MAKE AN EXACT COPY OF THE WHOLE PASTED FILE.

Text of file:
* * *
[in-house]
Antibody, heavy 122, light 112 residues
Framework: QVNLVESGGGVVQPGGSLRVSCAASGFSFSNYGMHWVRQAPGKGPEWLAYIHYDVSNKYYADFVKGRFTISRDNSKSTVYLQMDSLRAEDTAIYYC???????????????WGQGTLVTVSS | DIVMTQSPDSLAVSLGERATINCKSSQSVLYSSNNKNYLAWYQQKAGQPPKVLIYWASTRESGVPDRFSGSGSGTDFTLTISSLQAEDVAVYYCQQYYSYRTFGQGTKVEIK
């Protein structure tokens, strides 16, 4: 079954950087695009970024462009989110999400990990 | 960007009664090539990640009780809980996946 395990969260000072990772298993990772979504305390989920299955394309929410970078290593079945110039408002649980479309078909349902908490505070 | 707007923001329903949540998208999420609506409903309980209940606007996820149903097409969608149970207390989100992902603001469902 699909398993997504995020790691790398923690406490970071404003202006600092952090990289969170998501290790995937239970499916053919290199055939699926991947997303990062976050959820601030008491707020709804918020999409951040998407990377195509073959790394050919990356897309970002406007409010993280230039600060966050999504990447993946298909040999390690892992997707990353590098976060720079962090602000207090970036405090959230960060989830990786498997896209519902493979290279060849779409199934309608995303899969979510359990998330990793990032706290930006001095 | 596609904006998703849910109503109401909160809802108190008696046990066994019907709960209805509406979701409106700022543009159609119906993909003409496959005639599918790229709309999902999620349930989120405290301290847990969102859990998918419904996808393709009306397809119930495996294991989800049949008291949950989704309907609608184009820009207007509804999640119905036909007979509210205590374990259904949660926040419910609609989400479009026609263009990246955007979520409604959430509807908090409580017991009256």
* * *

[in-house]
Antibody, heavy 122, light 112 residues
Framework: QVNLVESGGGVVQPGGSLRVSCAASGFSFSNYGMHWVRQAPGKGPEWLAYIHYDVSNKYYADFVKGRFTISRDNSKSTVYLQMDSLRAEDTAIYYC???????????????WGQGTLVTVSS | DIVMTQSPDSLAVSLGERATINCKSSQSVLYSSNNKNYLAWYQQKAGQPPKVLIYWASTRESGVPDRFSGSGSGTDFTLTISSLQAEDVAVYYCQQYYSYRTFGQGTKVEIK
């Protein structure tokens, strides 16, 4: 079954950087695009970024462009989110999400990990 | 960007009664090539990640009780809980996946 395990969260000072990772298993990772979504305390989920299955394309929410970078290593079945110039408002649980479309078909349902908490505070 | 707007923001329903949540998208999420609506409903309980209940606007996820149903097409969608149970207390989100992902603001469902 699909398993997504995020790691790398923690406490970071404003202006600092952090990289969170998501290790995937239970499916053919290199055939699926991947997303990062976050959820601030008491707020709804918020999409951040998407990377195509073959790394050919990356897309970002406007409010993280230039600060966050999504990447993946298909040999390690892992997707990353590098976060720079962090602000207090970036405090959230960060989830990786498997896209519902493979290279060849779409199934309608995303899969979510359990998330990793990032706290930006001095 | 596609904006998703849910109503109401909160809802108190008696046990066994019907709960209805509406979701409106700022543009159609119906993909003409496959005639599918790229709309999902999620349930989120405290301290847990969102859990998918419904996808393709009306397809119930495996294991989800049949008291949950989704309907609608184009820009207007509804999640119905036909007979509210205590374990259904949660926040419910609609989400479009026609263009990246955007979520409604959430509807908090409580017991009256």